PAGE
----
Wednesday, July 6, 2011

Quantification of t(14;18) in the lymphocytes of healthy adult humans as a possible biomarker for environmental exposures to carcinogens.



A t(14;18) chromosomal translocation is found in approximately 85% of follicular lymphomas by both cytogenetic and molecular analyses. This rearrangement deregulates expression of the bcl-2 proto-oncogene by translocation into the immuno-globulin heavy chain locus and is probably mediated by illegitimate V(D)J recombination. We have developed a quantitative nested PCR method for detecting this event in lymphocytes of healthy individuals. Genomic DNA is purified from peripheral blood lymphocytes, and 2.5 microg (representing 4 X 10(5) cells) are amplified with translocation-specific primers under conditions in which a single copy, if present, will give a detectable PCR product. Multiple replicates are analyzed for each individual, and Poisson statistics are then used to estimate the translocation mutant frequency. We have examined lymphocyte DNA from 34 healthy individuals by this assay and found the frequency of cells with t(14;18) to range from <0.8-96X10(-7). The molecular nature of the translocations has been investigated by determining the DNA sequence at the translocation junctions. In several individuals, multiple isolates of the same translocation event were recovered, indicating that the cell with the original translocation had undergone clonal expansion. In addition, multiple independent translocations were shown to occur within an individual. Since this translocation appears to be one step in the progression of a normal cell to a cancer cell, this assay may have utility as an effects biomarker for environmental carcinogen exposure.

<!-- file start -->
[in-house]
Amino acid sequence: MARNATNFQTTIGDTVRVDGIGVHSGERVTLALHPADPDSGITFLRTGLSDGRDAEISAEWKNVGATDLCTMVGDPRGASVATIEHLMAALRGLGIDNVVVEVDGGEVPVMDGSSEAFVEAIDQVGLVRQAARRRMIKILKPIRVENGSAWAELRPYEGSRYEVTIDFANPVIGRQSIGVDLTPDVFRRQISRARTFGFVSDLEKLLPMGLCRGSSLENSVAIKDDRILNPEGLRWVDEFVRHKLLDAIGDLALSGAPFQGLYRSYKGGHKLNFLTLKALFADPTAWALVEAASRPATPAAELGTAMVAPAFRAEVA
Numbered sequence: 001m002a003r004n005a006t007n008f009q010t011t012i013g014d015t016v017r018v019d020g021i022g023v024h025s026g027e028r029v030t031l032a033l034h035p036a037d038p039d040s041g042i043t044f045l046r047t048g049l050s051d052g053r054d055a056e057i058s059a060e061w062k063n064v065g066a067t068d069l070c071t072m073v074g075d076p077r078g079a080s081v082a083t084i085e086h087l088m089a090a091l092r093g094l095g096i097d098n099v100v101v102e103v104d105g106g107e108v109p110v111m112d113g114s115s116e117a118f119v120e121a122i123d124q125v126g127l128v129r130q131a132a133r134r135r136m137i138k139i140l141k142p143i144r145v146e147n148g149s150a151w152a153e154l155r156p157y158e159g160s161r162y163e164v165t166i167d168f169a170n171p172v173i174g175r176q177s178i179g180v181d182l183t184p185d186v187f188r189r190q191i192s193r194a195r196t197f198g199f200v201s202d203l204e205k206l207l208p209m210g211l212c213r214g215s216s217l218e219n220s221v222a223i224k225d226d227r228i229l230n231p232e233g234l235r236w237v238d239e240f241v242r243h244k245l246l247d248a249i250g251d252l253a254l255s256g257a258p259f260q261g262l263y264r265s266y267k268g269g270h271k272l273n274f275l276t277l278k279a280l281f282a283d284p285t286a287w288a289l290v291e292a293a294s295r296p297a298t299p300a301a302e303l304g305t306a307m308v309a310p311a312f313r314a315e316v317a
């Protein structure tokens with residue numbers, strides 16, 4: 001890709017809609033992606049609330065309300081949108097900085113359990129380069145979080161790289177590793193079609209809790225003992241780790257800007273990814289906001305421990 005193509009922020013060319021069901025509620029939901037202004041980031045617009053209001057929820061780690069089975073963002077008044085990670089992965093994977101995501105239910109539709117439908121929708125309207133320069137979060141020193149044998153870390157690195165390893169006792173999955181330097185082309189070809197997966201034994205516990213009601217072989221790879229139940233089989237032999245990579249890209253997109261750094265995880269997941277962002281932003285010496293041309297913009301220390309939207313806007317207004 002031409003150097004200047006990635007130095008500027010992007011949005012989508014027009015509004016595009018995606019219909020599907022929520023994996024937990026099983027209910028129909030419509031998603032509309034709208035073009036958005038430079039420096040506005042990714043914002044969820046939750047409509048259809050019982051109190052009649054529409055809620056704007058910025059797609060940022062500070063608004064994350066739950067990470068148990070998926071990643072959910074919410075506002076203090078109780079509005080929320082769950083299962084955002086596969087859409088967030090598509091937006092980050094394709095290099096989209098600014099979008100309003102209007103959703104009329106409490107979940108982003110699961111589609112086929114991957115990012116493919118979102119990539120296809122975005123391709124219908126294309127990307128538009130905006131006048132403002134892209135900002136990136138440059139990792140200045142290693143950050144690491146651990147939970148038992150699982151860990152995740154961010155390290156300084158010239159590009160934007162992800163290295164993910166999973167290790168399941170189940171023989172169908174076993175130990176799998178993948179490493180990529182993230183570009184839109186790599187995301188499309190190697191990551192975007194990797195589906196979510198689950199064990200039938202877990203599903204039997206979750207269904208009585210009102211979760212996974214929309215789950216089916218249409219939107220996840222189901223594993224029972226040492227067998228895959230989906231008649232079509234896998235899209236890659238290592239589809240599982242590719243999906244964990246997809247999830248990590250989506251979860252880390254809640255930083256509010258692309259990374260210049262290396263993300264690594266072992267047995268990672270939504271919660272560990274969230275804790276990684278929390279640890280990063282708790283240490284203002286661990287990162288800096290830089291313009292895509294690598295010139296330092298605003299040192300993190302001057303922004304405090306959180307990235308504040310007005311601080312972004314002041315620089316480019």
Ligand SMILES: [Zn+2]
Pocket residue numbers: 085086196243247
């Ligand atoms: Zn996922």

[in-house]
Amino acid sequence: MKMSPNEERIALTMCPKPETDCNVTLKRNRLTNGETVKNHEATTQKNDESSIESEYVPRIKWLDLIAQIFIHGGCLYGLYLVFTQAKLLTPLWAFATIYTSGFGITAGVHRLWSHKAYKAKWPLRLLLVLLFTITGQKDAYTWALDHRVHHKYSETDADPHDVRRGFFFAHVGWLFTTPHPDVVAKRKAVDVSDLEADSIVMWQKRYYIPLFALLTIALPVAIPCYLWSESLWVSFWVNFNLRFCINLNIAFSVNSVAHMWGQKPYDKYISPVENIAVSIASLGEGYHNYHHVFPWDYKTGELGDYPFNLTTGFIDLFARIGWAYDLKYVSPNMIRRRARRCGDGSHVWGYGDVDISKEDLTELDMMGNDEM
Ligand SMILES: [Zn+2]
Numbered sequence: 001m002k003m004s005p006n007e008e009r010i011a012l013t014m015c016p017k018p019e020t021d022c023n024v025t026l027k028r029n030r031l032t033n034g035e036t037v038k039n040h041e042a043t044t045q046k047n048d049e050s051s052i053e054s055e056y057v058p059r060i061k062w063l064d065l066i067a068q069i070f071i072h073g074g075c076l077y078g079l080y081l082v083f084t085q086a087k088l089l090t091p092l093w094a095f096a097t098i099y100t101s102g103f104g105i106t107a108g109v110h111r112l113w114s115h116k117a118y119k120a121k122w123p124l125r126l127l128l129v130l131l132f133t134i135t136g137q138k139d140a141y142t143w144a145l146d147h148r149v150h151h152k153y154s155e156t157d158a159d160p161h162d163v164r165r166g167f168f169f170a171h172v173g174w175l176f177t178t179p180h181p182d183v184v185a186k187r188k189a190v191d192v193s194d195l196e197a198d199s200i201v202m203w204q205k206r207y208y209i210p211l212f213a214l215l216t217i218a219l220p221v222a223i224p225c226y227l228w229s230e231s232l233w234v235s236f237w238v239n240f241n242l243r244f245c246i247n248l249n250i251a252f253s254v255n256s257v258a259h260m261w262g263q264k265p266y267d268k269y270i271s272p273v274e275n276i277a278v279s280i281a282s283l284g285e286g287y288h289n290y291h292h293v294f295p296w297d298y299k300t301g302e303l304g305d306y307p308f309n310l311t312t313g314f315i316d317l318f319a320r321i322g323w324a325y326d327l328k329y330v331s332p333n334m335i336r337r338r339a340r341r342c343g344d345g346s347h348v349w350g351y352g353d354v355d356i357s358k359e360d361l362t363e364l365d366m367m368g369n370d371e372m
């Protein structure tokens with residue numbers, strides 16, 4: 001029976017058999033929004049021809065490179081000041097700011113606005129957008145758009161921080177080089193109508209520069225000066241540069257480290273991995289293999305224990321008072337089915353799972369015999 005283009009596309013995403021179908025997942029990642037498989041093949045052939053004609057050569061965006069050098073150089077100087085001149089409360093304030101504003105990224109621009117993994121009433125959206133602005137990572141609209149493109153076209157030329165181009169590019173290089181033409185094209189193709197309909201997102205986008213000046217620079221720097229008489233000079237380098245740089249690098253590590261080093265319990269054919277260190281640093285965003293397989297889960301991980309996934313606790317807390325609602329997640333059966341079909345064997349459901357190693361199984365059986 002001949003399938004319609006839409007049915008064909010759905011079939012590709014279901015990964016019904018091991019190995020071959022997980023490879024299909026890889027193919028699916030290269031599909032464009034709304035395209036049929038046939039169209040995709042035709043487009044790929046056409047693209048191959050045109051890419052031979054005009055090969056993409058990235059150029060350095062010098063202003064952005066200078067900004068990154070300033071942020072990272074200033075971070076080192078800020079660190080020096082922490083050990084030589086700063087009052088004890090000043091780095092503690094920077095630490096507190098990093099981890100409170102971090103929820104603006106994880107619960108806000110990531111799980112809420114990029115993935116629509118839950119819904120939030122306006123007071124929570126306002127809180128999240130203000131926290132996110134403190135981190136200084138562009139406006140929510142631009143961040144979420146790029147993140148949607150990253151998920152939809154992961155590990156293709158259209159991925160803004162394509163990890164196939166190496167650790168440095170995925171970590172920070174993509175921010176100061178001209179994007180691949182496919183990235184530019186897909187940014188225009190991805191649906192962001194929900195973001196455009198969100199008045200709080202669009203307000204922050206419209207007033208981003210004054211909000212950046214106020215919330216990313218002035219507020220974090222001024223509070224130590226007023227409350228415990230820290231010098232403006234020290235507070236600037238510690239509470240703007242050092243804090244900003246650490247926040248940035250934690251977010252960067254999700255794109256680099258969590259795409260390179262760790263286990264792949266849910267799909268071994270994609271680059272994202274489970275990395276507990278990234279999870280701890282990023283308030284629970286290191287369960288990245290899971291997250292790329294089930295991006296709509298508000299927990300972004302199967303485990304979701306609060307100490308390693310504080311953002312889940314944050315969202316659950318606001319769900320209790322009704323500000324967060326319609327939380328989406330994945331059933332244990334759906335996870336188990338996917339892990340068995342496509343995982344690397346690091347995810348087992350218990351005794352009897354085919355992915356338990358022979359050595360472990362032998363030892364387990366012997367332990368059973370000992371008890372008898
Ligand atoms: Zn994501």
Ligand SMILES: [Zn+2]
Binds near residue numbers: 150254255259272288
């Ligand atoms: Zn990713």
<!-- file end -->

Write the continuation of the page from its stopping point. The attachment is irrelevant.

[comments by connie:  So, here is a test that can detect possible cancers from blood lymphocytes-T (14;18) which was discussed by the committee on mutagencity/genotoxicty.  This will go on my to do list to discuss with my surgeon.  The question is, if there is concern regarding the possible association of metal induced cancers with total hip replacement (THA) that suggest that there is an increased risk of lymphoma and leukemia in patients with THA (reference was the jenkins article I published a few days ago) , how do you test for that?   While none of us likely understand the terminology in the above abstract, this is a test that I would like to have a  look at.  I  have been looking for some more recent methodologies but have found none....yet.
The other thing I find interesting about this is, my prior understanding was that "environmental" cancer data/testing is not readily portable to understanding hip stuff.  Well, I think we need to question that.  If there is a way to measure these chromosome translocations that are purportedly associated with metal induced cancers, then why would we not want to test this?
(In genetics, a chromosome translocation is a chromosome abnormality caused by rearrangement of parts between nonhomologous chromosomes. A gene fusion may be created when the translocation joins two otherwise separated genes, the occurrence of which is common in cancer.)]

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